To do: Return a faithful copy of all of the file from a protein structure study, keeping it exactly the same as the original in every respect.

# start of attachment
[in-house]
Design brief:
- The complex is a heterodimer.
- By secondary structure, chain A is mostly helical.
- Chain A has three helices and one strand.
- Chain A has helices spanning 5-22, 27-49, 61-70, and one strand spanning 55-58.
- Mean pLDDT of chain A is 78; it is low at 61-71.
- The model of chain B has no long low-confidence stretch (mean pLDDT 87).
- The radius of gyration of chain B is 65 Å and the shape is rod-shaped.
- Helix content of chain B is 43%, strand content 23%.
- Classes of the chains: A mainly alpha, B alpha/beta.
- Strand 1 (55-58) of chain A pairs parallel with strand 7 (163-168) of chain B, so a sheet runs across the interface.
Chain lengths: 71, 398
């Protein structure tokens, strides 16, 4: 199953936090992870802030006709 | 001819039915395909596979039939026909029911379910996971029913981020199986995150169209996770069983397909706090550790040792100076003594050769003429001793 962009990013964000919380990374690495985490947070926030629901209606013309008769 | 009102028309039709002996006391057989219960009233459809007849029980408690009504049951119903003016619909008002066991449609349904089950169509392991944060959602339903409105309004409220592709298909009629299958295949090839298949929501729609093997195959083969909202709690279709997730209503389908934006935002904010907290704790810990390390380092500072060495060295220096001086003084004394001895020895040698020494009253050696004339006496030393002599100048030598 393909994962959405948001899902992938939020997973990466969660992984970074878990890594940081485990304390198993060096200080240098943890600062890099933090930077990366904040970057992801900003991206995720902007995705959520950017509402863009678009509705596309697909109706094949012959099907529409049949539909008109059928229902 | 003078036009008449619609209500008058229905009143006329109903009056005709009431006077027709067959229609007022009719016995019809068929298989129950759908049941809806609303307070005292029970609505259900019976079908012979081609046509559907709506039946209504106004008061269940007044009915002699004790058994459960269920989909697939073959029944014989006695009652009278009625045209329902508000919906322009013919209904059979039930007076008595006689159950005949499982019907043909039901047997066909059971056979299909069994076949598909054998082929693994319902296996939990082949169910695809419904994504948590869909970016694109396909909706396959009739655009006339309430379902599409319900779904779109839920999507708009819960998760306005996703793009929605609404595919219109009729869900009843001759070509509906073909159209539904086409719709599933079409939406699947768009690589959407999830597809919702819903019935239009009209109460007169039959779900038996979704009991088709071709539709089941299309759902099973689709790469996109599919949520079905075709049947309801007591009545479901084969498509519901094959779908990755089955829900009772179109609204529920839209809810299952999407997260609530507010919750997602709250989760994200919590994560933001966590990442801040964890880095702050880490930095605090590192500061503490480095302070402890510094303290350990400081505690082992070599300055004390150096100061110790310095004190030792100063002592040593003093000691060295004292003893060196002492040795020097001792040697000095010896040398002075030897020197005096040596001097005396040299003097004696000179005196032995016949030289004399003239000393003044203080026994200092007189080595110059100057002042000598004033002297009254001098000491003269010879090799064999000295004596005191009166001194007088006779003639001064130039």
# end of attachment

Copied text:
[in-house]
Design brief:
- The complex is a heterodimer.
- By secondary structure, chain A is mostly helical.
- Chain A has three helices and one strand.
- Chain A has helices spanning 5-22, 27-49, 61-70, and one strand spanning 55-58.
- Mean pLDDT of chain A is 78; it is low at 61-71.
- The model of chain B has no long low-confidence stretch (mean pLDDT 87).
- The radius of gyration of chain B is 65 Å and the shape is rod-shaped.
- Helix content of chain B is 43%, strand content 23%.
- Classes of the chains: A mainly alpha, B alpha/beta.
- Strand 1 (55-58) of chain A pairs parallel with strand 7 (163-168) of chain B, so a sheet runs across the interface.
Chain lengths: 71, 398
């Protein structure tokens, strides 16, 4: 199953936090992870802030006709 | 001819039915395909596979039939026909029911379910996971029913981020199986995150169209996770069983397909706090550790040792100076003594050769003429001793 962009990013964000919380990374690495985490947070926030629901209606013309008769 | 009102028309039709002996006391057989219960009233459809007849029980408690009504049951119903003016619909008002066991449609349904089950169509392991944060959602339903409105309004409220592709298909009629299958295949090839298949929501729609093997195959083969909202709690279709997730209503389908934006935002904010907290704790810990390390380092500072060495060295220096001086003084004394001895020895040698020494009253050696004339006496030393002599100048030598 393909994962959405948001899902992938939020997973990466969660992984970074878990890594940081485990304390198993060096200080240098943890600062890099933090930077990366904040970057992801900003991206995720902007995705959520950017509402863009678009509705596309697909109706094949012959099907529409049949539909008109059928229902 | 003078036009008449619609209500008058229905009143006329109903009056005709009431006077027709067959229609007022009719016995019809068929298989129950759908049941809806609303307070005292029970609505259900019976079908012979081609046509559907709506039946209504106004008061269940007044009915002699004790058994459960269920989909697939073959029944014989006695009652009278009625045209329902508000919906322009013919209904059979039930007076008595006689159950005949499982019907043909039901047997066909059971056979299909069994076949598909054998082929693994319902296996939990082949169910695809419904994504948590869909970016694109396909909706396959009739655009006339309430379902599409319900779904779109839920999507708009819960998760306005996703793009929605609404595919219109009729869900009843001759070509509906073909159209539904086409719709599933079409939406699947768009690589959407999830597809919702819903019935239009009209109460007169039959779900038996979704009991088709071709539709089941299309759902099973689709790469996109599919949520079905075709049947309801007591009545479901084969498509519901094959779908990755089955829900009772179109609204529920839209809810299952999407997260609530507010919750997602709250989760994200919590994560933001966590990442801040964890880095702050880490930095605090590192500061503490480095302070402890510094303290350990400081505690082992070599300055004390150096100061110790310095004190030792100063002592040593003093000691060295004292003893060196002492040795020097001792040697000095010896040398002075030897020197005096040596001097005396040299003097004696000179005196032995016949030289004399003239000393003044203080026994200092007189080595110059100057002042000598004033002297009254001098000491003269010879090799064999000295004596005191009166001194007088006779003639001064130039």